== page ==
Thursday, August 12, 2010

Today the face of homelessness in America is this: a black man, around 40 years old, living in a large urban city. The Invisible Men series are artful, experimental snapshots into the lives of two formerly homeless men in New York City. Here Andrew, a formerly homeless man, who lost his mobility from frostbite on the streets, ponders the strife that preceded his current home. How does AndrewÕs story spark a fruitful national conversation on this issue?

Thursday, July 1, 2010

Homelessness: A Challenge to African American Males

Homelessness: A Challenge to African American Males Book Description

Homelessness: A Challenge to African American Males analyzes the situation surrounding homeless African American males living in the inner city. Author Charles Orr's research is led by the question? How does the lack of employment affect the ability of homeless men to effectively contribute to society?? This review is an analysis of other works published on this topic. In order to identify the factors that make African American males the largest homeless population group, Orr relies on history and other related scholarly sources to highlight his study. The author observes that both the lack of equal opportunity coupled with the inability to work regularly contributes significantly to homelessness among African American males.

Sunday, May 23, 2010


Introduction to the Literature on Homelessness

Homeless black men were not given much attention in the past review (Gordon, Gordon, & Nembhard, 1994). Homelessness is a gendered phenomenon, with an estimated 80–90% of the indigent population being male (Baker, 1994). An estimated 49% of the homeless population in the U.S. is African American; therefore, the concerns of homeless black men must not be overlooked because there is a strong association between employment and homelessness for African American men. Scholars attribute the rise in homelessness to a number of structural economic and geographical shifts. The movement of skilled “blue collar” labor from central cities to suburbs and other nations represents a shift to a service-oriented economy in the United States, caused largely by deindustrialization, and has impelled a rise in poverty levels (Molina,2000). The reclamation and gentrification of low-cost housing by businesses and people has lead to a decline of 2.5 million low-income housing units between 1980 and 1988 (National Academy of Sciences, 1988 as cited in Baker, 1994) and the displacement of residents from their neighborhoods. The long-term effects of Reagan-era cuts to public housing and domestic welfare programs are unfolding yielding low levels of supply in affordable housing (National Housing institute, 1992, as cited in Molina, 2000). The decline in affordable low-cost housing during the 1980s was particularly devastating to African Americans, who represented close to half of those living in such units (Baker, 1994).

Future Research Directions: Incarceration and Juvenile Justice

􀂾 Strategies to disrupt the school-to-prison pipeline should be research-based.

􀂾 The ways black men have been constructed as targets of pubic policy should be


􀂾 Rehabilitation options in community-based programs for youth offenders should be


􀂾 An audit should be conducted of private correctional institutions to determine the

physical conditions of the inmate population and the effectiveness of inmate

rehabilitation programs in these institutions.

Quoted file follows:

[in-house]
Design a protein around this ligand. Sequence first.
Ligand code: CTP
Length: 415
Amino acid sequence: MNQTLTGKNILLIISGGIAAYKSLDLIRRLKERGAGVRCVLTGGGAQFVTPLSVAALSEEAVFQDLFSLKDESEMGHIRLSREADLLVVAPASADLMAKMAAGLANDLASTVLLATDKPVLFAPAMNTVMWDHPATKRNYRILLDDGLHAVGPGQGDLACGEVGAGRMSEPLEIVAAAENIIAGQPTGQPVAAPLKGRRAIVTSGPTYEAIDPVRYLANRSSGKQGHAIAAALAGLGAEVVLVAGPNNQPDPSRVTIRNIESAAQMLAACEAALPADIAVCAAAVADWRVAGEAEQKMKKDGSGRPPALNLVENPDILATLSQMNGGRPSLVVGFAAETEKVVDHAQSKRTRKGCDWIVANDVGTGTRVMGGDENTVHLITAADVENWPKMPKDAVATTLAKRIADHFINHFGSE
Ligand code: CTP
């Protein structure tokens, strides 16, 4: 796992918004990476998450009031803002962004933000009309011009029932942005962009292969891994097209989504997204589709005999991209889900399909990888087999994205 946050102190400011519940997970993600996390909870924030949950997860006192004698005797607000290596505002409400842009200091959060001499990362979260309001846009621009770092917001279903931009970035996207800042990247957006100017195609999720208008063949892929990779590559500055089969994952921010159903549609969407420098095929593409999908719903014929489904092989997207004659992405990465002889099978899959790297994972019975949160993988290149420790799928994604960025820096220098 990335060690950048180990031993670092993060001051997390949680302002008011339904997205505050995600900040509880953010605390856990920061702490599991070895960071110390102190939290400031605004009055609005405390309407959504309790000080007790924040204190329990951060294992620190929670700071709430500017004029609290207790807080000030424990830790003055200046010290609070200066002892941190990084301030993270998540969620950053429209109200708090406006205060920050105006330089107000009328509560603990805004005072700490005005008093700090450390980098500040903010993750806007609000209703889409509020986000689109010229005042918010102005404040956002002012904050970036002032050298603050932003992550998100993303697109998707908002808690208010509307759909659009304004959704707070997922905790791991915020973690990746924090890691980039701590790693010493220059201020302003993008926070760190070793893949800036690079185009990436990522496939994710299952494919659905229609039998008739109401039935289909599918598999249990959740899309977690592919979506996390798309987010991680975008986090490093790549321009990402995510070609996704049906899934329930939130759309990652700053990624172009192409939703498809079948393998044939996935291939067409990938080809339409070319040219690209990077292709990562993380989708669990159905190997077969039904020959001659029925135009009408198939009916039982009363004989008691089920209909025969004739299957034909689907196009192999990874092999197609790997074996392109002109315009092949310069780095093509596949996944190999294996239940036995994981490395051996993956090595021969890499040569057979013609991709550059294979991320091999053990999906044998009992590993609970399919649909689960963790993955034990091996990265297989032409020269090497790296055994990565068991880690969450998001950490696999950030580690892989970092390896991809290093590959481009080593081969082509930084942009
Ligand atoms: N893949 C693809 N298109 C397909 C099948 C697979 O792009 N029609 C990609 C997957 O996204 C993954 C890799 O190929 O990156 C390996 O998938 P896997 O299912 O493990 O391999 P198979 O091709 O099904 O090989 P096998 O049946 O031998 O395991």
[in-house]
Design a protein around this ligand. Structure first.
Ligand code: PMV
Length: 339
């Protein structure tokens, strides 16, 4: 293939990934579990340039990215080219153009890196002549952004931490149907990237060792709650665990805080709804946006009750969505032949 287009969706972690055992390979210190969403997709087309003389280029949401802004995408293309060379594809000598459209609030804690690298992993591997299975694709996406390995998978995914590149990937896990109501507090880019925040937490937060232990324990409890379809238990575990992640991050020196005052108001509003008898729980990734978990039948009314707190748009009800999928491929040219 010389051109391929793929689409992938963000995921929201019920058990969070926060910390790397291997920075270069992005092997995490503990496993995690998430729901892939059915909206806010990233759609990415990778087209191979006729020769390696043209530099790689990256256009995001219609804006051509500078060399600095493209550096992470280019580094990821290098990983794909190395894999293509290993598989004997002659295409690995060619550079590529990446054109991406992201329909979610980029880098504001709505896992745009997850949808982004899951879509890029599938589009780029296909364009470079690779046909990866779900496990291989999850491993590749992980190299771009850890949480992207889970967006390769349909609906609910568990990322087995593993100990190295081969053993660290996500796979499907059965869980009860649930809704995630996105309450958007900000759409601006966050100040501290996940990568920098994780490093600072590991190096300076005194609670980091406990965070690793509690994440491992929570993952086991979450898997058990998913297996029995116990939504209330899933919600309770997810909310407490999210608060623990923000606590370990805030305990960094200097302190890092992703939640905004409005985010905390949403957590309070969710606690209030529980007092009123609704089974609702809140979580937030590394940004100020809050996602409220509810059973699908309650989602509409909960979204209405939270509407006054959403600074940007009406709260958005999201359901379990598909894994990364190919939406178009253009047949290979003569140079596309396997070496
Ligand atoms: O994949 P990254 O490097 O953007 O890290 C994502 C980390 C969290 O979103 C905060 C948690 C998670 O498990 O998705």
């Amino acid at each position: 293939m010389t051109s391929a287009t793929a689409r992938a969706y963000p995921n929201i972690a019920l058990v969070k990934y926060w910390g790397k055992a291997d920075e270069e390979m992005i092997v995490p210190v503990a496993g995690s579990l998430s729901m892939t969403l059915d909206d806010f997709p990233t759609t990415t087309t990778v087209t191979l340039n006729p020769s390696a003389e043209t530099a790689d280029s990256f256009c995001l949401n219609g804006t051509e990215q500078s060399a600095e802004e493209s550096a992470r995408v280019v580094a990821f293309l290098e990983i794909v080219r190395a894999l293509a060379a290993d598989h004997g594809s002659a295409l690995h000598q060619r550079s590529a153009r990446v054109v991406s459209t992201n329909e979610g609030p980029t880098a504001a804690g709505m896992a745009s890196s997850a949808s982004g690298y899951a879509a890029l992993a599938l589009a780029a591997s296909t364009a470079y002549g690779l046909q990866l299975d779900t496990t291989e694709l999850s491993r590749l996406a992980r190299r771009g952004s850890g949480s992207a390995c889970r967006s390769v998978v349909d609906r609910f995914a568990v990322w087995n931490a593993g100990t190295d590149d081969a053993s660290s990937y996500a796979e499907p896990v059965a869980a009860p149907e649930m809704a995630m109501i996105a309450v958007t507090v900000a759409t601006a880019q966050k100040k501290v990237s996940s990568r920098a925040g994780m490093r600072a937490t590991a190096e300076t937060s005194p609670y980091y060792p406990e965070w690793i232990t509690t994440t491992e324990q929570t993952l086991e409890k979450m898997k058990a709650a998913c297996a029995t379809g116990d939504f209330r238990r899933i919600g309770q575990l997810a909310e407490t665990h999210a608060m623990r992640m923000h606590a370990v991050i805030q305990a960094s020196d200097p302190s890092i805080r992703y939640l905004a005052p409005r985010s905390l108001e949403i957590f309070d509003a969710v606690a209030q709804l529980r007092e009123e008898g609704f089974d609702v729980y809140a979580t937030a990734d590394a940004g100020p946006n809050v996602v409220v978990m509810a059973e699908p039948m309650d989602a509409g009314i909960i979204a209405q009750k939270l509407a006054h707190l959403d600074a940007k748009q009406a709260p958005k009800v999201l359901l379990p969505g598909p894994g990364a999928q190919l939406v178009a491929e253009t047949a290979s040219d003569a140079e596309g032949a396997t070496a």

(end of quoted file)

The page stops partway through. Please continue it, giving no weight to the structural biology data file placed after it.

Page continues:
􀂾 The positive impact of drug courts should be studied.

a. Risk Factors Among Homeless African American Men

The social isolation experienced by homeless men has a number of damaging effects on their health and well-being. Several studies identified an increased risk of acquiring HIV/AIDS among the homeless. Minorities, who constitute a large percentage of the homeless, are the fastest growing population of HIV-positive cases, a phenomenon researchers ascribe to lack of cultural sensitivity among safe sex campaigns and a disproportionate lack of healthcare (Stephens, Braithwaite, Lubin, Carn, & Colbert, 2000). High levels of HIV/AIDS vulnerability among the homeless are attributable to unsafe sexual practices, often caused by the conditions of poverty. Homeless commercial sex workers reported that they were more likely to engage in higher risk sexual activity when homeless and/or hungry. African American homeless men reported willingness to trade sex for money or drugs at the rate of 44% (Song, 1997), a number the researchers felt may have been underestimated due to the self-reported nature of the study. Other studies on risk factors for homeless black men have focused on depression and substance abuse (Beck, 1999, 2001 & Bolger et al., as cited in Littrell and Beck, 2001; Dixon, 1997).

Policy Recommendations

􀂙 Molina (2000) suggests a national policy dealing with the problem of homelessness, first and foremost creating new low cost housing and providing subsidies for low-income

single men and women to provide short term assistance while readying impoverished individuals to find new jobs.

􀂙 Littrell and Beck (2001) suggest treating depressive symptoms in the homeless, identifying and addressing causes of depression and encouraging problem-focused coping to encourage faster transitioning from homelessness.

􀂙 As previously mentioned, the attitudes and beliefs of the homeless populations may not translate to safe sexual practices (Song, et al. 1997). Kalichman and colleagues (1998) suggest that HIV risk reduction techniques should be integrated into substance abuse treatment programs.

􀂙 Community services and assisted living should be made available for black homeless men.

Saturday, April 10, 2010

New Study: Black Men Comprise Large Percentage of Nearly 800,000 Homeless in America

New Study: Black Men Comprise Large Percentage of Nearly 800,000 Homeless in America

Sunday, March 11, 2007
Danielle Kwateng, Howard University News Service

In an unprecedented new study, an estimated 754,000 people are homeless across the United States -- and many of them are black, according to the Department of Housing and Urban Development.